Free Tip of the Week :

Saturday sees the start of the Royal London 50 over Cup, the third English domestic competition of the season. The eighteen counties are divided (random draw) into two groups of nine, and each team plays the other eight in their group once. The top four in each group go through to the knock-out stages and then through to the Lords final in September.

The English domestic schedule sees T20 games played weekly until the end of August with County Championship games ongoing throughout. The Royal London cup is played in a block starting on Saturday but there are still the final stages of the T20 and 5-6 County Championship games to come for each team. With each county operating within a salary cap, and games coming thick and fast, squads are stretched. What we have seen in the 50 over competition starting in the second half of the season in previous years is that teams in contention in the 4 day competition typically rest players, rotate to play fringe players and be less competitive as a result. This is very much the third of the domestic competitions. Winning a county Championship is a key prize, reaching T20 finals day another. Then comes the 50 over competition, a scheduling after-thought and third priority for many counties..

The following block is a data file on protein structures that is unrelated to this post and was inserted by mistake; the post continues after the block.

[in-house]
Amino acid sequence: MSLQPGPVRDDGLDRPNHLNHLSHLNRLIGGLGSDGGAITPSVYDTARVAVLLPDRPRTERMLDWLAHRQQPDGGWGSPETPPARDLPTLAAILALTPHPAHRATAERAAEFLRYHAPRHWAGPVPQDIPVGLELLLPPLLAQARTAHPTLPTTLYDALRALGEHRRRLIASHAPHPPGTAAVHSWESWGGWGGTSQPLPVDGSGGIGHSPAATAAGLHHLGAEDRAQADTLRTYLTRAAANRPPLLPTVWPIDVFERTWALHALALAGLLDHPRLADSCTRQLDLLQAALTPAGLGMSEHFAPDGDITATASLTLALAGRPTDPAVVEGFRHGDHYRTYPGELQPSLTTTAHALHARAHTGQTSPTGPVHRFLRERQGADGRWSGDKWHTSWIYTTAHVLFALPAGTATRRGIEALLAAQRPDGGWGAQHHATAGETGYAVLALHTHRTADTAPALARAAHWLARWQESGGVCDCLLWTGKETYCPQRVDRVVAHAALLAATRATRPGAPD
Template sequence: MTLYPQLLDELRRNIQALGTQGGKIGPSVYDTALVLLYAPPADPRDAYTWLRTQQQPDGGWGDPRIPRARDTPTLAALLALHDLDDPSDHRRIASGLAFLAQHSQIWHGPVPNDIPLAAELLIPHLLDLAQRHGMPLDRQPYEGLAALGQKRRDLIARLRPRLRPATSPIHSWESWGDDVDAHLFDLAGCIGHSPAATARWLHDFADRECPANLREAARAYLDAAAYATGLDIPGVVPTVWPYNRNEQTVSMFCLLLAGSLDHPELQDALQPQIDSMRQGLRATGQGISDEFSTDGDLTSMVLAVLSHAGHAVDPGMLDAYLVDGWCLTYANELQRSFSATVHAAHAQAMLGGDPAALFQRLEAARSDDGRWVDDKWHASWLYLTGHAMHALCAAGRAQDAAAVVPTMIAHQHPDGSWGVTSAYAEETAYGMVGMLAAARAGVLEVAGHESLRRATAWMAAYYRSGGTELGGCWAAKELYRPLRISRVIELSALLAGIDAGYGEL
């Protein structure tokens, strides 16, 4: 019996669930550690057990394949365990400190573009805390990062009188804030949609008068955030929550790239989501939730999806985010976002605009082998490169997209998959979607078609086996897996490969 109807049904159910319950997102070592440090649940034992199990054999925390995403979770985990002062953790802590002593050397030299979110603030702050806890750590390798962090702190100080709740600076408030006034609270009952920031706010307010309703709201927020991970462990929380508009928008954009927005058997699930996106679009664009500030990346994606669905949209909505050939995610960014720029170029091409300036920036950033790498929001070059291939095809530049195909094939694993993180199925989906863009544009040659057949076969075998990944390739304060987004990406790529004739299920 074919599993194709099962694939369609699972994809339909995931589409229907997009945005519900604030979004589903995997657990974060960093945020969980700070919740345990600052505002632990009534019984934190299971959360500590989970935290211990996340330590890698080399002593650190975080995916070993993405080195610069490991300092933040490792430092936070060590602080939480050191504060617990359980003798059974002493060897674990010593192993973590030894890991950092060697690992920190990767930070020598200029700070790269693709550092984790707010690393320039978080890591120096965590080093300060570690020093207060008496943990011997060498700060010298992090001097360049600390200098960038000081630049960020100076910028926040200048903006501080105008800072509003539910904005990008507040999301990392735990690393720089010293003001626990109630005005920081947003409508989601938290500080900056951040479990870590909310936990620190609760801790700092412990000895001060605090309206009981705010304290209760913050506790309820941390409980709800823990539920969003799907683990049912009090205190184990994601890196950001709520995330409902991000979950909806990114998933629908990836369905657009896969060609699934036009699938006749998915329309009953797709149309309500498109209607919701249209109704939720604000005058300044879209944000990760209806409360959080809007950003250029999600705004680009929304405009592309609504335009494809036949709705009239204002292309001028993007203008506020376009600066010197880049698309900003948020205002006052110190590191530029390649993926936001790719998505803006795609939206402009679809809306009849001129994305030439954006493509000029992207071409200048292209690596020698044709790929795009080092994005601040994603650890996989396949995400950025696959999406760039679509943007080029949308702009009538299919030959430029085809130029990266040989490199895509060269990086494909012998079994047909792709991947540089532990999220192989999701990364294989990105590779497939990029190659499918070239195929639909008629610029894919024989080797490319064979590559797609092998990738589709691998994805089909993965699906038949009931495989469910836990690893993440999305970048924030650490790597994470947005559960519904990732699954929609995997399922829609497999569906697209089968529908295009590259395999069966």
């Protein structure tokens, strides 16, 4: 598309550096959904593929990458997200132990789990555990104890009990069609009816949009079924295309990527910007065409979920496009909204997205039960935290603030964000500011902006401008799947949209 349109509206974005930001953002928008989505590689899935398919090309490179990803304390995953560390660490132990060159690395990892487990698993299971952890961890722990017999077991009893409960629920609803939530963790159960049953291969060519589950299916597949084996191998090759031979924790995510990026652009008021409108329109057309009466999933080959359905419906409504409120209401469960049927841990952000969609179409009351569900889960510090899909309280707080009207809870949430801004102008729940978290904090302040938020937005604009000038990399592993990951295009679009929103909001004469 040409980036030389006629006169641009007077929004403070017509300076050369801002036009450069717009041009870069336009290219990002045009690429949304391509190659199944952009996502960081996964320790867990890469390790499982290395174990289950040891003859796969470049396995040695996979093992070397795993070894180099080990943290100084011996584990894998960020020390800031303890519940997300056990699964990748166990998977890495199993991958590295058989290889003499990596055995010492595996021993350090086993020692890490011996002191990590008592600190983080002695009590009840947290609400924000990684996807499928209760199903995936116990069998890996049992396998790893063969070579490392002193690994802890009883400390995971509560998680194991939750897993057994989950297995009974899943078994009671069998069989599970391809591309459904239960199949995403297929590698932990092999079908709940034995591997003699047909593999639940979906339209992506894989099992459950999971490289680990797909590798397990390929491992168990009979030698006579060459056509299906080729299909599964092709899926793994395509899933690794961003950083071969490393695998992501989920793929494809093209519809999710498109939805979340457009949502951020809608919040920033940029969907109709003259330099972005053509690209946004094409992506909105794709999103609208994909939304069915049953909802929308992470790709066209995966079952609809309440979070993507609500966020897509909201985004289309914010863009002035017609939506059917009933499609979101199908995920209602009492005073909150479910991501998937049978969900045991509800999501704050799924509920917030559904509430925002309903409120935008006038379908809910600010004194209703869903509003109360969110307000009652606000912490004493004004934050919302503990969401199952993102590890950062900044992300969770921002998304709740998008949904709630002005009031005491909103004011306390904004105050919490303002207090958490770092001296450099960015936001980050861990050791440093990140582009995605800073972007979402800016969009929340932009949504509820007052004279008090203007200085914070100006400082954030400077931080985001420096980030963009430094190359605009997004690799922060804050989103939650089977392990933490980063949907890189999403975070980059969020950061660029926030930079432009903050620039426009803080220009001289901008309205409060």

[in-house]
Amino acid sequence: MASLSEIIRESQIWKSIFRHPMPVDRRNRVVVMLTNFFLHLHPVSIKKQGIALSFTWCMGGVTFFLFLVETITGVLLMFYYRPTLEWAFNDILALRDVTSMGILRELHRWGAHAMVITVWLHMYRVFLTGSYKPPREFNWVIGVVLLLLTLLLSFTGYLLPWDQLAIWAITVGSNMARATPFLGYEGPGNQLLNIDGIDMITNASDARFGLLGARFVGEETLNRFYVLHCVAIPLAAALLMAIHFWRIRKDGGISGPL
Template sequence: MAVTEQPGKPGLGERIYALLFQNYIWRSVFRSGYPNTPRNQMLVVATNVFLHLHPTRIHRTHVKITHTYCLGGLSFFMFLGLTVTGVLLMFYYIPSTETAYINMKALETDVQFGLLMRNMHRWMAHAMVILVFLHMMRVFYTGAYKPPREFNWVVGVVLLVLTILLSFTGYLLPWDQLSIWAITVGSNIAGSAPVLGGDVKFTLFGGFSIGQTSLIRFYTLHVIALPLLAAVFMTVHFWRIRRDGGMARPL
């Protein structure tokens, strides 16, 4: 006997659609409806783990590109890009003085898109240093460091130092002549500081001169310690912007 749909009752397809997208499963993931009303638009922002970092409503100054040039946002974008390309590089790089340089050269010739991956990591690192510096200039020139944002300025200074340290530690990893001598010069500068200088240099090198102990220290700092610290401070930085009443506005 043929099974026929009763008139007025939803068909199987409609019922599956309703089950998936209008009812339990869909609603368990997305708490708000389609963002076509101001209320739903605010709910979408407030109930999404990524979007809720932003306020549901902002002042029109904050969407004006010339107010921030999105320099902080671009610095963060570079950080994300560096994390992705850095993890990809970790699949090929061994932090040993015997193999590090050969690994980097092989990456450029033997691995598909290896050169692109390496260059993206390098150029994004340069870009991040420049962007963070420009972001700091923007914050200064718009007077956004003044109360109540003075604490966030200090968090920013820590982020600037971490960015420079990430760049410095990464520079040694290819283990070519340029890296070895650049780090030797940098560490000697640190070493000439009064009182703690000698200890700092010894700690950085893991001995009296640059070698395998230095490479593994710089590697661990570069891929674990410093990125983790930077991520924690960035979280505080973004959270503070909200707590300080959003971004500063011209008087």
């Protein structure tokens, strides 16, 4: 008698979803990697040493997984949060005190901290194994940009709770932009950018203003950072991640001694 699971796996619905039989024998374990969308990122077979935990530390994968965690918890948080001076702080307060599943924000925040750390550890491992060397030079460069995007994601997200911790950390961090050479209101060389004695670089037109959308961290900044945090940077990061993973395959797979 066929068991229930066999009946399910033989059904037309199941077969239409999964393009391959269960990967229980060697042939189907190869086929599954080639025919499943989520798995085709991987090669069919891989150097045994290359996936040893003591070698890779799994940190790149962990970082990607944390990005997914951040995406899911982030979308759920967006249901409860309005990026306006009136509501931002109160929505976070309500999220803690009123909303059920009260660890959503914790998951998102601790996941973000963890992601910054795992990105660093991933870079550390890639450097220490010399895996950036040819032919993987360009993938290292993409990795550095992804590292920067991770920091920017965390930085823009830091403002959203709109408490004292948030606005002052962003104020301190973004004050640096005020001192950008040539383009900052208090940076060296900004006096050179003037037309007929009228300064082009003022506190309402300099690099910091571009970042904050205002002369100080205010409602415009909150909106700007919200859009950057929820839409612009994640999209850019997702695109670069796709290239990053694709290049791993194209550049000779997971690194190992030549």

None of the last five winners of the one day cup (this season is the second as a 50 over competition, previously 40 overs) have finished in the top four of the County Championship. Two of the last five winners were in the second division. Last year's winners Durham did not make the T20 quarters, either.

Yet the market prices up an event off form in the longer form of the game and performances in prior seasons. Neither of which are particularly relevant. Yorkshire, Durham, Warwickshire and Middlesex are in contention in Division One of the County championship and Yorkshire look likely to defend their title despite many Egland call-ups. Yet they are installed as 7/1 favourites for the One-Day cup, a competition that they cannot prioritise.